Page:Decline and Fall of the Roman Empire vol 1 (1897).djvu/106

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statues of their gods and the rich ornaments of their temples;[1] In the provinces but, in the exercise of the religion which they derived from their ancestors, they uniformly experienced the indulgence, and even protection, of the Roman conquerors. The province of Gaul seems, and indeed only seems, an exception to this universal toleration. Under the specious pretext of abolishing human sacrifices, the emperors Tiberius and Claudius suppressed the dangerous power of the Druids;[2] but the priests themselves, their gods, and their altars, subsisted in peaceful obscurity till the final destruction of Paganism.[3]

at Rome Rome, the capital of a great monarchy, was incessantly filled with subjects and strangers from every part of the world,[4] who all introduced and enjoyed the favourite superstitions of their native country.[5] Every city in the empire was justified in maintaining the purity of its ancient ceremonies; and the Roman senate, using the common privilege, sometimes interposed to check this inundation of foreign rites. The Egyptian superstition, of all the most contemptible and abject, was frequently prohibited; the temples of Serapis and Isis demolished, and their worshippers banished from Rome and Italy.[6] But the zeal of fanaticism prevailed over the cold and feeble efforts of policy. The exiles returned, the proselytes multiplied, the temples were restored with increasing splendour, and Isis and Serapis at length assumed their place among the Roman deities.[7] Nor was this indulgence a departure from the old maxims of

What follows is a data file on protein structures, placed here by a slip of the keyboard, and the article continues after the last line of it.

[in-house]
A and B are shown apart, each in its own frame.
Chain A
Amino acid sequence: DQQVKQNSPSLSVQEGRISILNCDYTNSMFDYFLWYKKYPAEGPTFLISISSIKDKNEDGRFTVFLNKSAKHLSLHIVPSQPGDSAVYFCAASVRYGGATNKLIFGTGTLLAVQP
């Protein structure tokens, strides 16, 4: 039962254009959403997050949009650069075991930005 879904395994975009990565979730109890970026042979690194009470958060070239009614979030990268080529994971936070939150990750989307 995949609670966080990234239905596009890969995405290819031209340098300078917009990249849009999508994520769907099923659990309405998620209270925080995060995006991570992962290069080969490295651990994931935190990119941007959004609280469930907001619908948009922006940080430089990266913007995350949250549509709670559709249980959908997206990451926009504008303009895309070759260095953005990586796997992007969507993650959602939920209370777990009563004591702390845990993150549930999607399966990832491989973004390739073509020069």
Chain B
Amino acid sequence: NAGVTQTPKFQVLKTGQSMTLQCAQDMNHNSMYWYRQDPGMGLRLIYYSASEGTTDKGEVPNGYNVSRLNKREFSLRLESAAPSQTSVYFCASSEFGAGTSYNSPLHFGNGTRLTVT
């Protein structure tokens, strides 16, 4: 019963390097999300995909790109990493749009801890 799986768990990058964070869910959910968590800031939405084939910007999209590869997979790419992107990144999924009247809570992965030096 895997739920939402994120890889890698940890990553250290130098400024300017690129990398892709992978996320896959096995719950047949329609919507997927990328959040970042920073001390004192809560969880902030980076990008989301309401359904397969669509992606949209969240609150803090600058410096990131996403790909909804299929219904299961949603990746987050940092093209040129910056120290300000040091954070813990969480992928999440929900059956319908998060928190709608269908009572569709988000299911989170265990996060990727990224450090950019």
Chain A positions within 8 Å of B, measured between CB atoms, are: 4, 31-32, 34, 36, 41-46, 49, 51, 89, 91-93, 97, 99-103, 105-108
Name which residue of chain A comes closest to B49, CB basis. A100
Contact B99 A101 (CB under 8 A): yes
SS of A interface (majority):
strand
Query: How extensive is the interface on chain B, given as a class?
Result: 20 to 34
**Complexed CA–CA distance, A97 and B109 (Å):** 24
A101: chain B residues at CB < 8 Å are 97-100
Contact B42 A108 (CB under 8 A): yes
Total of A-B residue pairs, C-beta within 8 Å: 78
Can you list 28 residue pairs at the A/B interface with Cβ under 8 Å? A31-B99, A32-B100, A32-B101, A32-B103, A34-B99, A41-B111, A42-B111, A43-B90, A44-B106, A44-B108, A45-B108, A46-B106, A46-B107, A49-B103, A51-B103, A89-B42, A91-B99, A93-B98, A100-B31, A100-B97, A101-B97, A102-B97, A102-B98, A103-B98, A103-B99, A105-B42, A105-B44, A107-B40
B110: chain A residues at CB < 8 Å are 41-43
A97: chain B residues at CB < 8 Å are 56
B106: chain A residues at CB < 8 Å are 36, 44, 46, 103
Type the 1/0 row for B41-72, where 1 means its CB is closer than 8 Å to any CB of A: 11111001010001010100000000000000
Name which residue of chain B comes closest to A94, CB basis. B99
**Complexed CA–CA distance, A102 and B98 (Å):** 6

government. In the purest ages of the commonwealth, Cybele
  1. See the fate of Syracuse, Tarentum, Ambracia, Corinth, &c., the conduct of Verres, in Cicero (Actio ii. Orat. 4), and the usual practice of governors, in the viiith Satire of Juvenal.
  2. Sueton. in Claud. [25] — Plin. Hist. Nat. xxx. i.
  3. Pelloutier Histoire des Celtes, tom. vi. p. 230-252.
  4. Seneca Consolat. ad Helviam, p. 74 [6]. Edit. Lips.
  5. Dionysius Halicarn. Antiquitat. Roman., l. ii. [i. p. 275, Reiske].
  6. In the year of Rome 701, the temple of Isis and Serapis was demolished by the order of the senate (Dion Cassius, l. xl. p. 252 [47]), and even by the hands of the consul (Valerius Maximus, 1, 3). [But this passage in Valerius refers to the first demolition in B.C. 219.] After the death of Cæsar, it was restored at the public expense (Dion, l. xlvii. p. 501 [15]). When Augustus was in Egypt, he revered the majesty of Serapis (Dion, l. Ii. p. 647 [16]) ; but in the Pomærium of Rome, and a mile round it, he prohibited the worship of the Egyptian gods (Dion, l. liii. p. 697 [2], l. liv. p. 735 [6]). They remained, however, very fashionable under his reign (Ovid, de Art. Amand. l. i. [77]) and that of his successor, till the justice of Tiberius was provoked to some acts of severity. (See Tacit. Annal. ii. 85, Joseph. Antiquit. l. xviii. c. 3.)
  7. Tertullian in Apologetic, c. 6, p. 74. Edit. Havercamp. I am inclined to attribute their establishment to the devotion of the Flavian family.